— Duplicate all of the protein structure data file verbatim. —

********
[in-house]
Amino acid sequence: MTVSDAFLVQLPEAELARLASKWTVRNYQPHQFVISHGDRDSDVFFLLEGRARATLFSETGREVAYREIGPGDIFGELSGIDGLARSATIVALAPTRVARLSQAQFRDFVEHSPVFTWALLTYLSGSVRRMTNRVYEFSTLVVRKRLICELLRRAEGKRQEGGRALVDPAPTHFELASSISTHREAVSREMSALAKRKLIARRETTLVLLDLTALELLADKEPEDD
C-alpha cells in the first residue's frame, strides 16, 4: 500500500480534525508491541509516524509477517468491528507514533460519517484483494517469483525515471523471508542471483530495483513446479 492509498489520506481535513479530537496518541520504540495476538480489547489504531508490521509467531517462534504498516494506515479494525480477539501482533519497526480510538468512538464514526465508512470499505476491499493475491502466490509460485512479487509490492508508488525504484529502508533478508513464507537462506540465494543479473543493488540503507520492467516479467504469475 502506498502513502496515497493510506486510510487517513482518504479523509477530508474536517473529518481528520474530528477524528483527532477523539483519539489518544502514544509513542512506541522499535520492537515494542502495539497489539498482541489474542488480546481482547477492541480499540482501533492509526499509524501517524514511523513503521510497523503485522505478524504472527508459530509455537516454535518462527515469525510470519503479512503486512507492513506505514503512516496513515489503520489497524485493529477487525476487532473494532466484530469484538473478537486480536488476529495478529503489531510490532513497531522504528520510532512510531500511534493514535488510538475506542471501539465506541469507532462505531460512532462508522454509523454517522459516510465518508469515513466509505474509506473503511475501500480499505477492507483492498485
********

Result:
[in-house]
Amino acid sequence: MTVSDAFLVQLPEAELARLASKWTVRNYQPHQFVISHGDRDSDVFFLLEGRARATLFSETGREVAYREIGPGDIFGELSGIDGLARSATIVALAPTRVARLSQAQFRDFVEHSPVFTWALLTYLSGSVRRMTNRVYEFSTLVVRKRLICELLRRAEGKRQEGGRALVDPAPTHFELASSISTHREAVSREMSALAKRKLIARRETTLVLLDLTALELLADKEPEDD
C-alpha cells in the first residue's frame, strides 16, 4: 500500500480534525508491541509516524509477517468491528507514533460519517484483494517469483525515471523471508542471483530495483513446479 492509498489520506481535513479530537496518541520504540495476538480489547489504531508490521509467531517462534504498516494506515479494525480477539501482533519497526480510538468512538464514526465508512470499505476491499493475491502466490509460485512479487509490492508508488525504484529502508533478508513464507537462506540465494543479473543493488540503507520492467516479467504469475 502506498502513502496515497493510506486510510487517513482518504479523509477530508474536517473529518481528520474530528477524528483527532477523539483519539489518544502514544509513542512506541522499535520492537515494542502495539497489539498482541489474542488480546481482547477492541480499540482501533492509526499509524501517524514511523513503521510497523503485522505478524504472527508459530509455537516454535518462527515469525510470519503479512503486512507492513506505514503512516496513515489503520489497524485493529477487525476487532473494532466484530469484538473478537486480536488476529495478529503489531510490532513497531522504528520510532512510531500511534493514535488510538475506542471501539465506541469507532462505531460512532462508522454509523454517522459516510465518508469515513466509505474509506473503511475501500480499505477492507483492498485